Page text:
Law enforcement's war on warez causes chaos among online file sharers, with top-level "rippers" laying low and a major piece of the underground network disrupted.
"This is a bad hit for warez," one self-described 18-year-old programmer, who has been a member of the community for four years, wrote in an online chat with CNET News.com. "Right now, every scene is at a standstill. Every one of them."
Warez is the generic online name for digital content such as games, movies or software whose copy protection has been defeated by skilled programmers. The programs can then be used on any PC without first buying the software.
The chaos is the result of what has been billed as the largest action against online software pirates to date.
Early last week--with the cooperation of the U.S. Justice Department and international law-enforcement agencies--the U.S. Customs Service, the FBI and the U.S. Department of Defense's Defense Criminal Investigative Service (DCIS) led simultaneous strikes stemming from three separate investigations targeting suspected members of the warez community worldwide.
The U.S. Customs Service, the U.S. Justice Department and law enforcement from the United Kingdom, Australia, Finland and Norway seized more than 130 computers worldwide between Dec. 10 and Dec. 12 as part of the first overt enforcement action in their 15-month investigation, dubbed "Operation Buccaneer," of a warez group known as DrinkOrDie.
On Dec. 11, the DCIS, the Environmental Protection Agency's Office of Inspector General and the FBI served 34 search warrants in the United States and Canada. The searches came at the culmination of a sting, known as "Operation Bandwidth," in which an FBI office operated a fake warez site. More than 144,000 programs were uploaded to and downloaded from the site, said Alan Peters, supervisory special agent for the FBI's Las Vegas office.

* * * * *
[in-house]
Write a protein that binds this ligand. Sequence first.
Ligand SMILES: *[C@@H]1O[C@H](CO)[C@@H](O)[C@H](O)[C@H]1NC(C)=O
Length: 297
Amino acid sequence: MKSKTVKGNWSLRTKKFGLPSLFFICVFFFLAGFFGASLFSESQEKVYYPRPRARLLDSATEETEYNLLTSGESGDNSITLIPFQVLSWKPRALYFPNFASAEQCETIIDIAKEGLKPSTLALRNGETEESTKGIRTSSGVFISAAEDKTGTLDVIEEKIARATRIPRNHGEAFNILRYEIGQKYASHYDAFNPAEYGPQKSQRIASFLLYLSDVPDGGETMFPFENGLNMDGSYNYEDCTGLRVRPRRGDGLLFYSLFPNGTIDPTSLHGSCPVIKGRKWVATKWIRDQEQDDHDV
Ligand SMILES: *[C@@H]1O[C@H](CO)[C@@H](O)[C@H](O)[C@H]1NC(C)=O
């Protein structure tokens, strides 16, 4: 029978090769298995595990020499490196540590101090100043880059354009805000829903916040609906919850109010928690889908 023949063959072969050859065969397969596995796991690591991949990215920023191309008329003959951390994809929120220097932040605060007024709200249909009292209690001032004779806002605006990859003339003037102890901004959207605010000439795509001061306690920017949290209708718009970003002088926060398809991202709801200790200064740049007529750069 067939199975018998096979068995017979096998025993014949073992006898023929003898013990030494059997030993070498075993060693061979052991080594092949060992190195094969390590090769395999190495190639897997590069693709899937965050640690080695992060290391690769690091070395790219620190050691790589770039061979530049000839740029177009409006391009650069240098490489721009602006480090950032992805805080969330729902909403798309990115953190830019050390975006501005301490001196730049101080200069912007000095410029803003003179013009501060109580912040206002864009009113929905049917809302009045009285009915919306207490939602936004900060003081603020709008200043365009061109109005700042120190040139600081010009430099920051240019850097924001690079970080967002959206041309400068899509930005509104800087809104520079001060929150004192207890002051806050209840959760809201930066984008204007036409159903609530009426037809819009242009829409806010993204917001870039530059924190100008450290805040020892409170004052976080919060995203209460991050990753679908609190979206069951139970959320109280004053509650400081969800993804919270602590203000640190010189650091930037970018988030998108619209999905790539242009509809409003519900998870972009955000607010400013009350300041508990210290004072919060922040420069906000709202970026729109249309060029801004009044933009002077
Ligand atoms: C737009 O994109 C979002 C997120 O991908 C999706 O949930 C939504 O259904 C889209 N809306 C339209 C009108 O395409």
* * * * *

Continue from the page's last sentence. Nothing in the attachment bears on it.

The undercover operation didn't just target casual file traders, he said. "We aimed as high up the food chain as we could possibly get."
A second undercover investigation by the FBI in New Hampshire also resulted in a dozen searches across the country on Dec. 11. The yearlong investigation, known internally as "Digital Piratez," focused on the upper echelons of the warez community: suspected crackers.
U.S. Customs spokesman Kevin Bell said it is unclear what effect the raids have had to date, but he said the investigation has yielded new leads and is expanding, with as many as 15 other countries expected to aid worldwide law-enforcement efforts in the future.
Moreover, most suspected warez group members questioned in the past week of raids have been willing to give details about others in the community, said Bell.
"Nearly everyone we are talking to is cooperating," he said. "They are not only cooperating but providing us additional information."
As a result, the agency has been adding search warrants daily based on new information, with nearly a dozen new searches executed in the past few days on top of 37 searches that lead off the agency's sweep last week.
He said the agency is looking at 50 terabytes of data, which will take several weeks to review.
Schools form hubs
In a Web site posting that continues to be updated, warez gadfly "ttol" wrote that the two major hubs for communications between pirate groups, one at the Rochester Institute of Technology (RIT) in New York and the other at the University of Twente in the Netherlands, have been compromised as a result of the crackdown.
While no raids have yet been confirmed in the Netherlands, reports of warez group surveillance have chilled activity in the country, according to "ttol."